ZR = SD sustainable development
28 Sep 2007
A Google query for a Polish term “zrównoważony rozwój”, or English “sustainable development”, or “ekorozwój”, provides a long list with links to interesting materials related to sustainable development and concerning a wide spectrum of actions – from international ones to those taken in kindergartens.
What is sustainable development? It is a guiding principle for the nations of the world, which in the 21st century, on a massive scale and with tangible results, will become part of political, economic, social actions, as well as those related to environmental protection, at all levels of management, including the level of families and of individual people.
The world history of the idea can be found, for example, at the website of the Ministry of Foreign Affairs.
At international level, the idea was for the first time defined in a concise manner in 1987 in “Our Common Future” report prepared by the World Commission on Environment and Development. According to it,
sustainable development is the “development that meets the needs of the present without compromising the ability of future generations to meet their own needs.”
Is SD another utopian, beautiful idea, or is it something we can, in practical terms, relate to today? Sustainable development is not a dream world or an idea cherished only by a circle of ecophilosophers.
Sustainable development is a result of the system of strategic actions based on principles of sustainable development and action plans agreed upon at international level.
The current Polish “Environmental Law” specifies that sustainable development is a social and economic development in which political, economic and social activities are integrated with maintenance of ecological balance and permanence of basic natural processes so that the possibility to satisfy basic needs of individual communities or citizens of the current and future generations is safeguarded.
Current Constitution of the Republic of Poland treats sustainable development as a constitutional principle, providing each one of us with the right to go along the path of sustainable development in accordance to policies pursued by public authorities (Articles 5 and 74).
The European Sustainable Development Strategy (SDS), also called the Gothenburg Strategy, groups aspects of development into the so called tripple-bottom-line: business, society, environment, and adds the aspect of external policy of establishing international institutions for the purpose of global security.
We no longer deal with only one, strictly related to business, capital – we also have Human Capital, and Natural Capital which serve as a whole.
Each business activity entangles social and environmental aspects.
Each activity of the administration also entangles business, social and environmental aspects.
Each action of a family or each our (as individual human beings) action entangles business, social and environmental aspects…
Each person’s actions may either facilitate or hinder implementation of sustainable development strategy. We have and should have free will. It is all up to us, and our actions should have impact on actions of our children and of all those with whom we associate… If we change consumption patterns, the change of production and service patterns will follow simply as a result of our actions…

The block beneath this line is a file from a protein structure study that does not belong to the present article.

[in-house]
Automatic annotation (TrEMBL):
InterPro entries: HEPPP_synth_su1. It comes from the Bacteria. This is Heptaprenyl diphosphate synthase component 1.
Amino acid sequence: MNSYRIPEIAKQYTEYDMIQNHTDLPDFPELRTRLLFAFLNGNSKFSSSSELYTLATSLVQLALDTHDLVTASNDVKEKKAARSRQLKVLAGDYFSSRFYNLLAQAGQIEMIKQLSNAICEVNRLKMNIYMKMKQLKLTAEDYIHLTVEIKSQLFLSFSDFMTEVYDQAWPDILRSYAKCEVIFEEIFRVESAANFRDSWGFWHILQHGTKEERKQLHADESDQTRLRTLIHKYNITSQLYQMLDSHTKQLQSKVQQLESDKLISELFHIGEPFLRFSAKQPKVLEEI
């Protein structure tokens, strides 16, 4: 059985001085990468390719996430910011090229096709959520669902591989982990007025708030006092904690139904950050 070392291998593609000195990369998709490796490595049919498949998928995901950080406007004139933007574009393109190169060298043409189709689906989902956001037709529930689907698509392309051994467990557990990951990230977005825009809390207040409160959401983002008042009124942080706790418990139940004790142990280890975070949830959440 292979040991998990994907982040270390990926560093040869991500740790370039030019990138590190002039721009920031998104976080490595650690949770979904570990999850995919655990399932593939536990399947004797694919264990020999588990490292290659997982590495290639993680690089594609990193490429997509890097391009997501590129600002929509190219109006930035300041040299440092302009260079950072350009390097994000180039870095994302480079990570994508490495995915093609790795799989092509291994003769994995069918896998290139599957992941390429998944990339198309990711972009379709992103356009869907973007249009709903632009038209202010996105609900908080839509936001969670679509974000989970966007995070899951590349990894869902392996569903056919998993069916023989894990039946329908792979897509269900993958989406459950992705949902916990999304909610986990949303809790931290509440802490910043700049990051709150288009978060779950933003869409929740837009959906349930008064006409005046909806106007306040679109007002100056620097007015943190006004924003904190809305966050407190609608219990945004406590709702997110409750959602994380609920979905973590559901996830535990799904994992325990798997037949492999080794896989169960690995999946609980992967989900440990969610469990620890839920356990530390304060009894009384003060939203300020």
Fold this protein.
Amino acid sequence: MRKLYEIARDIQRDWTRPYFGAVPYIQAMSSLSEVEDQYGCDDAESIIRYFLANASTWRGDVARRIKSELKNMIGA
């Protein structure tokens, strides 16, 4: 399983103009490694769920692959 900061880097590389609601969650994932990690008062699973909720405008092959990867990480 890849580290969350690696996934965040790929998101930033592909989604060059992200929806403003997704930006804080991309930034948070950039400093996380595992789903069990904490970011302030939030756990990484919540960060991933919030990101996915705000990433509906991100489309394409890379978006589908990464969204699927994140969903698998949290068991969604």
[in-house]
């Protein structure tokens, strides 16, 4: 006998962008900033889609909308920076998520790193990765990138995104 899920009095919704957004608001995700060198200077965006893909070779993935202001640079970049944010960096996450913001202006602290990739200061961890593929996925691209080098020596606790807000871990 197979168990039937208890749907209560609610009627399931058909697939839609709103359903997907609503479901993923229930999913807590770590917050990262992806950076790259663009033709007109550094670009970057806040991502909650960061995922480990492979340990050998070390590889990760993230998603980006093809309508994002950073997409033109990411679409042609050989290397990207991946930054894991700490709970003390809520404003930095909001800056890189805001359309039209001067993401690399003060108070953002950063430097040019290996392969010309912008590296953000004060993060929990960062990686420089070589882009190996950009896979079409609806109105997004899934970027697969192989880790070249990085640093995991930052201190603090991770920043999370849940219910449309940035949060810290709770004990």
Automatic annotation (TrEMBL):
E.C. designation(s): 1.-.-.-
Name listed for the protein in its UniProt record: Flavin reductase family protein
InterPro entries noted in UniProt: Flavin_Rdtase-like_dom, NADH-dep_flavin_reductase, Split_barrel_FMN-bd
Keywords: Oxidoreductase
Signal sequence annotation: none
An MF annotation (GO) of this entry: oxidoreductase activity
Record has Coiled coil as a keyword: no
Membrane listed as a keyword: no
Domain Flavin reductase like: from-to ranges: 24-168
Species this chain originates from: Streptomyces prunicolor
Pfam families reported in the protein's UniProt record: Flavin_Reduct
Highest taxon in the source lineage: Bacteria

Pursuant to the provisions of the amended Gothenburg Strategy (SDS) the member states should have amended and harmonized their strategies with the SDS (approved in 2006). All management levels, including levels of organizational units, should have a harmonized sustainable development strategy. Every two years, the member states are to report the European Council about the state of implementation of the Strategy.
Being provided with information leads to awareness, and awareness leads to responsibility. The growing number of manufacturers and service providers declare adherence to corporate social responsibility in their business activity and publish their strategies of sustainable development on the Internet. We witness the beginning of new era, with a new role of business in society. In 2008, in Davos, Bill Gates was proving that we should go even further than suggested by Muhammad Yunus, the Nobel Peace Prize winner, who in 2006 argued that apart from enterprises oriented for maximum profit (considering capital in its classical meaning), there must be enterprises oriented for maximum social interest (the so called social enterprises). Gates was proving that each enterprise must have a social mission to fulfill, or, in other case, its existence is not justified…
Poland does not have an official document with strategy harmonized with the Gothenburg strategy. At the Ministry of the Environment website I failed to find any information about this strategy or its translation into Polish. I have found some info about the SDS (Polish abbreviation SZR) at the website of the Ministry of Economy, but, again, no text of the strategy was available. My search at the Ministry of Regional Developmentwebsite resulted in finding the National Development Strategy, an implementation of the Lisbon Strategy. Again, no information about Gothenburg Strategy… What is the policy of public authorities? Who coordinates matters pertaining to sustainable development in Poland?
Polish business has a chance to be ahead of the administration in implementation of sustainable development.